Finding new diseases is difficult and dangerous work. In the middle of the night, the researchers would get dressed in protective gear. They would wear suits that covered them from head to toe, goggles, two pairs of gloves, and boots. Then they would go to caves and set up nets to capture bats and tarps to collect their droppings. There would be so many bats that it would take the team just a few minutes to have hundreds to sample. Continue reading Smithsonian Scientists Discover Six New Coronaviruses in Bats in Myanmar
When Charles Darwin first sailed into the tropics aboard the HMS Beagle in 1835, he was stunned. The 26-year-old naturalist had expected to find the same level of diversity of plants and animals as he had left behind in the higher latitudes of Plymouth, England. Instead, on the balmy Galapagos Islands, he found a multitude of strange and diverse creatures thriving together.
On turning 20, I decided to earn my living as a hybrid Spanish teacher and tour guide. I had in my favor a certain knowledge of grammar and a history of long walks through Havana that had brought me to places and stories the travel books don’t mention. I looked forward to teaching foreigners about Cuba while also providing them the language skills to explore on their own. From my very first student, however—as I taught verb conjugations and introduced unknown and unusual sights—I knew this work would also enable me to rediscover my own country.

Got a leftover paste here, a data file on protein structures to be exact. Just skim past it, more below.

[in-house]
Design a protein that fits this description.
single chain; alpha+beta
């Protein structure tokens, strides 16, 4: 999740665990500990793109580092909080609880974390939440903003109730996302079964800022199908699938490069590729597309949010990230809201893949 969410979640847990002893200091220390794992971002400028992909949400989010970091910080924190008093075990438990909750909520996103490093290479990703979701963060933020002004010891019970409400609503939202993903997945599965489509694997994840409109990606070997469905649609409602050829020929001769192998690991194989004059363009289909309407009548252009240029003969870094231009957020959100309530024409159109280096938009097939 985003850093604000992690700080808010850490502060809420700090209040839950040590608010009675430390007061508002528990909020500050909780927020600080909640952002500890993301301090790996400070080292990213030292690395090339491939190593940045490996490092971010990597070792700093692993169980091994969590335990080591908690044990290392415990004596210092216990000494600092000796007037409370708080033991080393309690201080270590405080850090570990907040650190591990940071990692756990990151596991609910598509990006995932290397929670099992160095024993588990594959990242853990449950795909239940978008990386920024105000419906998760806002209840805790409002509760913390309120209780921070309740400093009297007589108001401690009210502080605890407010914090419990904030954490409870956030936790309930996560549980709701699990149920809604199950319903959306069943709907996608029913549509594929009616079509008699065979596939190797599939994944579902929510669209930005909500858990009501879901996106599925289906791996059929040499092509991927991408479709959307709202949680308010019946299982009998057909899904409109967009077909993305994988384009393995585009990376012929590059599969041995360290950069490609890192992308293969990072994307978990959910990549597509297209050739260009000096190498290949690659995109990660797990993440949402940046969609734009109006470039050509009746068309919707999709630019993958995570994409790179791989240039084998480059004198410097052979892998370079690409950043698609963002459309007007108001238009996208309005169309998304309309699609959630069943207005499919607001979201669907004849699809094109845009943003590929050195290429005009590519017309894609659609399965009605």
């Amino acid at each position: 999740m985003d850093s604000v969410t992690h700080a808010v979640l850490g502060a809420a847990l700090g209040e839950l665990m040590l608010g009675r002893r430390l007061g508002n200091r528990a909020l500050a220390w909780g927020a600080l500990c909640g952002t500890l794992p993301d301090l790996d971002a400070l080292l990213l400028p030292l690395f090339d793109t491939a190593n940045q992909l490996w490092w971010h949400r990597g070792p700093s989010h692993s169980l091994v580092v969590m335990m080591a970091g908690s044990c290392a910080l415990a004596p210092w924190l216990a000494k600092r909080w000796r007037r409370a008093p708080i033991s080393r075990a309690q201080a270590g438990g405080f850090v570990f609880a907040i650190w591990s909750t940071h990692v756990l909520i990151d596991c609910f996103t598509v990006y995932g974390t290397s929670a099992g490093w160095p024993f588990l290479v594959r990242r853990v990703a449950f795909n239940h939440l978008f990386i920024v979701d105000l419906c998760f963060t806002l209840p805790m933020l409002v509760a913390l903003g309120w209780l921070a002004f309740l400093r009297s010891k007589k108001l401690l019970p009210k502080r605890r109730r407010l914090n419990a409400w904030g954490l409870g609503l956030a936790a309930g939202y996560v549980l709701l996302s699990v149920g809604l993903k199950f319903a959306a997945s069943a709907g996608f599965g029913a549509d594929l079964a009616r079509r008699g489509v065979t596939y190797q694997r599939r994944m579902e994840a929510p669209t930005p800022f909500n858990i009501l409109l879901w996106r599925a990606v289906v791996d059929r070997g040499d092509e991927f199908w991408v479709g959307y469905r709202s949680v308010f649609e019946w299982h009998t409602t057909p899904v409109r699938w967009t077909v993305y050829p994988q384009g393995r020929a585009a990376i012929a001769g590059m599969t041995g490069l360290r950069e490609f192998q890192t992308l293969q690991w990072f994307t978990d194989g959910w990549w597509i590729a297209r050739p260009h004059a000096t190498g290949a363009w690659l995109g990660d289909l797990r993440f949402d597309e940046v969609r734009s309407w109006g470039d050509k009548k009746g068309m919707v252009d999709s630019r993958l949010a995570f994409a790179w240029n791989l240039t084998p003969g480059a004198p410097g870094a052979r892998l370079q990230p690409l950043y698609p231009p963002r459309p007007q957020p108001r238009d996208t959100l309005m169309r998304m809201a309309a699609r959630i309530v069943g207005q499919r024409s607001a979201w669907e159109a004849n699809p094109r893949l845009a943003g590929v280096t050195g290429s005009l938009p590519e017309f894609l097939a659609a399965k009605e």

Today marks the official opening of the Smithsonian’s National Museum of African American History and Culture. Located in Washington, D.C., it is now the only museum in the US that’s main emphasis is African-American culture, life and history. The grand opening will be brought forth by a three day festival event which will feature the likes of Angela Bassett and Robert De Niro reciting the works of black poets and historians in addition to musical performances via Stevie Wonder and Patti Labelle.